Religion, Morality and Contested Claims for Justice Seminar (formerly Law and Religion Seminar: Theories of Justice)
Professors Uelmen and Kessler
J.D. Seminar 1196 (cross-listed)
| 2 credit hours
This interdisciplinary seminar will examine theories of justice and the relationship between law and morality in light of religious and theological visions of the good life and accounts of order. Materials and discussions will probe questions such as: What are the moral values underlying the law? How does the law achieve justice or fall short of this goal? How can moral judgments be brought to bear, if at all, in modern, secular legal institutions and in the formation of public policies?
Throughout the class we will have opportunities to consider how morality and ideas of justice shape, and are shaped by, contemporary legal problems such as: the legal regulation of sexual activity and marriage, controversies regarding federally mandated health insurance, abortion, euthanasia and physician assisted suicide, immigration, regulation of financial institutions, and/or other issues which emerge as topics of particular student interest.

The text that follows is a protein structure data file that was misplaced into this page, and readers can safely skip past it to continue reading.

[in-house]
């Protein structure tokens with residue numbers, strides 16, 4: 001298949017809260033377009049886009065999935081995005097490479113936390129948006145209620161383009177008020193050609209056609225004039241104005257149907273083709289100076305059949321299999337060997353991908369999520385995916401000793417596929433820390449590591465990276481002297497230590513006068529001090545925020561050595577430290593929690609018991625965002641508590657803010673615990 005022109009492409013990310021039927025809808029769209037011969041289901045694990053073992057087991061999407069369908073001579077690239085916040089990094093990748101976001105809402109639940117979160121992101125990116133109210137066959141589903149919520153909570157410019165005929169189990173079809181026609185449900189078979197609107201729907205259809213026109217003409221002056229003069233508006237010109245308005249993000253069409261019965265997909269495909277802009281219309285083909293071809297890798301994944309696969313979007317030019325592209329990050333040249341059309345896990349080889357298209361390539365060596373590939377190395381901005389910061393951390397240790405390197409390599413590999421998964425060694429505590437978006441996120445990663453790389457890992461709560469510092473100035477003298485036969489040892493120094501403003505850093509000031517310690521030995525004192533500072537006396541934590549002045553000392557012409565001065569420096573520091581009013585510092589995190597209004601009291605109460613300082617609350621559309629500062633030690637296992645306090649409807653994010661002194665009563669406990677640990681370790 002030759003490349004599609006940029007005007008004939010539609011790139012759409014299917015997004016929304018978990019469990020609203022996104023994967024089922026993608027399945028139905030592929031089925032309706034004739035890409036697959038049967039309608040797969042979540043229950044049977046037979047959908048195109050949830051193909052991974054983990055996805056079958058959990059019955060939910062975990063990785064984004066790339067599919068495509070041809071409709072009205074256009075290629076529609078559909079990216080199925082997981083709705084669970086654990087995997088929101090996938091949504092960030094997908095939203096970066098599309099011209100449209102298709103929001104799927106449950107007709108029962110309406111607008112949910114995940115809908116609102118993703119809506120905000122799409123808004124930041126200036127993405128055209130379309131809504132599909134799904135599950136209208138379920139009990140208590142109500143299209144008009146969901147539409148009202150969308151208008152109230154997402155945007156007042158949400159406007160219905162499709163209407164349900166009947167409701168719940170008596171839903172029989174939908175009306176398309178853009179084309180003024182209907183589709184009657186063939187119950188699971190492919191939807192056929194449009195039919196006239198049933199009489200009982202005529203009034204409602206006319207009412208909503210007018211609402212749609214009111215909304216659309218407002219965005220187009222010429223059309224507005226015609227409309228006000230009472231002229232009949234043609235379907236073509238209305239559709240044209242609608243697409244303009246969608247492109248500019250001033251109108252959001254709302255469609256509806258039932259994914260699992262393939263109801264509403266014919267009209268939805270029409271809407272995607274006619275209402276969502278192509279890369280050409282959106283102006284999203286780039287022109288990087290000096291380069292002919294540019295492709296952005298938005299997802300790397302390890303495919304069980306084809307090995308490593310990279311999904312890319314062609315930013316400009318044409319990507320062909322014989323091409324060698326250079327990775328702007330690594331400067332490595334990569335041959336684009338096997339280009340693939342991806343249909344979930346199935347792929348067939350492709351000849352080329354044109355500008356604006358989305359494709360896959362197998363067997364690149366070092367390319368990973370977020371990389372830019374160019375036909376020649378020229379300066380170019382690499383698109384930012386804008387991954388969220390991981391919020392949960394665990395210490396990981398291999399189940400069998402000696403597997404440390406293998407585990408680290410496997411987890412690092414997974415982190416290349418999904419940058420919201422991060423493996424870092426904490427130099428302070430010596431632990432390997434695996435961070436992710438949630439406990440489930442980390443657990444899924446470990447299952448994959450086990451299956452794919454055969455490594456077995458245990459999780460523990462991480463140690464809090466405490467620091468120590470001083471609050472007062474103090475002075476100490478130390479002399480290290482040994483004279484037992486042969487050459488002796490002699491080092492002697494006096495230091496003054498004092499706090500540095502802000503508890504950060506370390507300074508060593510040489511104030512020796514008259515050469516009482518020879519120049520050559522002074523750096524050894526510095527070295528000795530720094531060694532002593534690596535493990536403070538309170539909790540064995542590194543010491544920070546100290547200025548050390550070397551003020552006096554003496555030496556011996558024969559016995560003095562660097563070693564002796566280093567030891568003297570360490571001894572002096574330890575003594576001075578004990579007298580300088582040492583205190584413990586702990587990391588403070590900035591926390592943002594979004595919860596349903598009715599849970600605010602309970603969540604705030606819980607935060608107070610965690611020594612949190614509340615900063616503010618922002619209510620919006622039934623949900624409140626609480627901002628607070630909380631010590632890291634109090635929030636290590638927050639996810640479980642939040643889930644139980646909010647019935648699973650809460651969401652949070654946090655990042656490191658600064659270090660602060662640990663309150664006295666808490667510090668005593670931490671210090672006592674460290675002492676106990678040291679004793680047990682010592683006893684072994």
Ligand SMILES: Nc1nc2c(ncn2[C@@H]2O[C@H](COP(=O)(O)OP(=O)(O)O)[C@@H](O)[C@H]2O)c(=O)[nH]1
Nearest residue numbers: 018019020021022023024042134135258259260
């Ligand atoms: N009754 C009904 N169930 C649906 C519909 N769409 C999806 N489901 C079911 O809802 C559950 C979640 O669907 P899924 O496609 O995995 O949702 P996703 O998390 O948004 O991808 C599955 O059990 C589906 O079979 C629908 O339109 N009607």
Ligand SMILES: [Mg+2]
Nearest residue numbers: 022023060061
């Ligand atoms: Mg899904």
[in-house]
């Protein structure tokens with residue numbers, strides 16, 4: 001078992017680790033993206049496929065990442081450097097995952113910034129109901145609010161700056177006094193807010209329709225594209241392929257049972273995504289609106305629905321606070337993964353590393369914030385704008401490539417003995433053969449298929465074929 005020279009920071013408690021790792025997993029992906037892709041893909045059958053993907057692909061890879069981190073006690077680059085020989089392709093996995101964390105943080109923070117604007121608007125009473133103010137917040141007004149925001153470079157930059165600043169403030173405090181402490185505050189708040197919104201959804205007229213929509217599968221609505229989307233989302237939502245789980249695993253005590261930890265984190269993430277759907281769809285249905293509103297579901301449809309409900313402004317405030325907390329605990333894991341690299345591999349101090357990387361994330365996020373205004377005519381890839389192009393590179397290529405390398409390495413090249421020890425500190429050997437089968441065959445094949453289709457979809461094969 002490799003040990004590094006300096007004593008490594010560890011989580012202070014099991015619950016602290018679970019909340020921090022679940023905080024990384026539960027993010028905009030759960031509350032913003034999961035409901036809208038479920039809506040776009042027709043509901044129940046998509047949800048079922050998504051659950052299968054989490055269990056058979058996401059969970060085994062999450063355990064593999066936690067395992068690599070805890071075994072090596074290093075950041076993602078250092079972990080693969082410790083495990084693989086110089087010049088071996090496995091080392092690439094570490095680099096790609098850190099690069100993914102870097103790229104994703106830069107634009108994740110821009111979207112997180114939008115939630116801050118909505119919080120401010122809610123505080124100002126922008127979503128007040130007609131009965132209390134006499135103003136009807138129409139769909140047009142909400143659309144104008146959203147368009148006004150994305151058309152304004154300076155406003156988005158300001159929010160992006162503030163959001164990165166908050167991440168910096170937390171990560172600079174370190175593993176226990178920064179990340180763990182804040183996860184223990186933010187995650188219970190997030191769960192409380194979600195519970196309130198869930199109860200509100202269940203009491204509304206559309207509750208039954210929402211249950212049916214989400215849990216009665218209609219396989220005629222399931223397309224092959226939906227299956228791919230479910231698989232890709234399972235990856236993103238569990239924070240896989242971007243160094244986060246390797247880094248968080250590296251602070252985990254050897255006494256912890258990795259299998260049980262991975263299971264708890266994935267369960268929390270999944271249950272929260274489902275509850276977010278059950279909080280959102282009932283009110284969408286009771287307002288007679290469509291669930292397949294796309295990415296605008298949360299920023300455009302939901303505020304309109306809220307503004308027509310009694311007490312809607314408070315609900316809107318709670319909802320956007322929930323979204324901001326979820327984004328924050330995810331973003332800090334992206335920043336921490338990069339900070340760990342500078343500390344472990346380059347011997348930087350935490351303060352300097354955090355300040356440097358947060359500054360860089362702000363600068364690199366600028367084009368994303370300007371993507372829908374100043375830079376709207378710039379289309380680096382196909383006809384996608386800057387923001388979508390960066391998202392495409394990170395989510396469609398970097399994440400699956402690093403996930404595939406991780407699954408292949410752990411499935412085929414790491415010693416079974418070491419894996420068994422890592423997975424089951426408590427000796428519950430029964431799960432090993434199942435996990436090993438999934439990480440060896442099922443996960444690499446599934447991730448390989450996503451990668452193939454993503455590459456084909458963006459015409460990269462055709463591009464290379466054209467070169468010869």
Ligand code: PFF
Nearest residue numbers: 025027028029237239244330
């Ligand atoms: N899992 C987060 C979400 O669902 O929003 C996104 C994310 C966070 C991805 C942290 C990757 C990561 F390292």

Particular attention will be paid to understanding methods for dialogue across differing thought systems and disciplines and to developing the skills for communication across claims that would otherwise tend to generate religious and political polarization.
This seminar requires a series of short reflection and reaction papers which aim to facilitate thoughtful and active student participation in seminar discussions throughout the course. This course does not satisfy the JD Upper Level Writing Requirement.
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|This course is not currently scheduled.